Hiring VAs For Your E-Commerce Business – Part 1

 In e-commerce, HR, Workforce

When I got into e-commerce at the beginning of 2017, I had decided to get out of the world of finance and do something new. Something that would be more focused on people getting what they paid for, rather than people putting their financial hopes on charts and a good pitch.

I knew from the start that I would need to start hiring at some point.

A person has only 24 hours in his day, and as a business grows, there is only so much you can do in a day. Are you too busy fulfilling orders and putting out fires? Is product and seller research taking too much of your time and energy? Are you wasting your mind on menial, repetitive tasks? Do you not have the time and energy to keep learning?; to try new methods and tools?; or to take a breather and come back with new energy?

 

“No one can whistle a symphony. It takes a whole orchestra to play it.” – H.E. Luccock

 

You need to hire. There is no way around it.

However, early on I realized that the cost of maintaining an office with workers and all it entails would be too high to make a profit in the early stages of an e-commerce business – but not hiring workers early on would keep me stuck for way too long. What do I do?

Do I go to Upwork and Fiverr to look for full time VAs? I had used these portals for fixed short term projects in the past, but had doubts whether I could source my entire workforce from these portals…

 

How do you control someone over the internet?

How can you trust them not to hurt your business or just disappear?

Is it even possible to get quality work done for such little money?

Won’t they just do a worse job than you could?

Can they be trained to do what you need?

 

At the end of the day, these VAs that you will hire from the internet are human beings. They are the same as people you would interview and hire in person. Sure there are rotten eggs out there, but your job as a business owner is to find promising talent and engage them in such a way that they will be loyal to you and your business because they believe your growth will be theirs.

 

“There is only one way… to get anybody to do anything. And that is by making the other person want to do it.” – Dale Carnegie

 

If you think that these people are desperate for your pitiful dollars, just because they live in less developed countries than you and are happy with less, you will have bad experiences.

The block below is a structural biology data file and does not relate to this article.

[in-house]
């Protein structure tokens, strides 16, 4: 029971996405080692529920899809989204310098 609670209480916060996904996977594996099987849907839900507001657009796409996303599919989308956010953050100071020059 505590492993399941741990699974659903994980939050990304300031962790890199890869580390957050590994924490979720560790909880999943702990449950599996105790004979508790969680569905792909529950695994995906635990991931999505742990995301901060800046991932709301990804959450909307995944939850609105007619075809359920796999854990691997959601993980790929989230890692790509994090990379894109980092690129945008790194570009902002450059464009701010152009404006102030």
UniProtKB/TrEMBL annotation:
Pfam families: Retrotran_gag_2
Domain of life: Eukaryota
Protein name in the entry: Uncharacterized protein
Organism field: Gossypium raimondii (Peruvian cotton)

You need to treat each VA you hire with respect and dignity, and put yourself in their shoes. At the same time, you have to inspire respect and have them understand that you are the one that pays their salary – you expect a lot from them, but you are also fair and understanding.

With this short introduction on what mindset you should have when hiring VAs, I will now cover the different types of VAs you will need when starting your e-commerce business, including: where to look for them; how to interview them; how to test them; how to hire them; how to manage and maintain them.

Whether you are building a general store or a niche store, or even a branded store right off the bat, you are building that store to make money! Right? You shouldn’t be doing it with the mindset of “let’s just see if this works before really getting into it”. If you are, just give up now. Really. So now that we understand that you are in this to succeed, let’s cover the most crucial types of VAs that you might need to hire at the early stages of your business.

Designer

This VA will be with you for the long term. Whether you just want the designer to create a banner, or logo, or make the store not look like crap, or whether you want to invest a few thousand dollars on creating a premium store, you will need to find your loyal designer before anyone else.

Portal for long term hires: www.upwork.com or www.freelancehunt.com

Portal for short term hires: www.fiverr.com or www.upwork.com

Upwork designers usually demand more money up front than those on Freelancehunt, which is a Ukrainian jobs portal, but with enough searching you can get a designer for more or less the same price.

Cost At Hire: Around $5 per hour, but start at $3 per hour during their trial period. They want to be hired for the long term and earn more money? Let them work hard and prove their worth at $3 an hour first.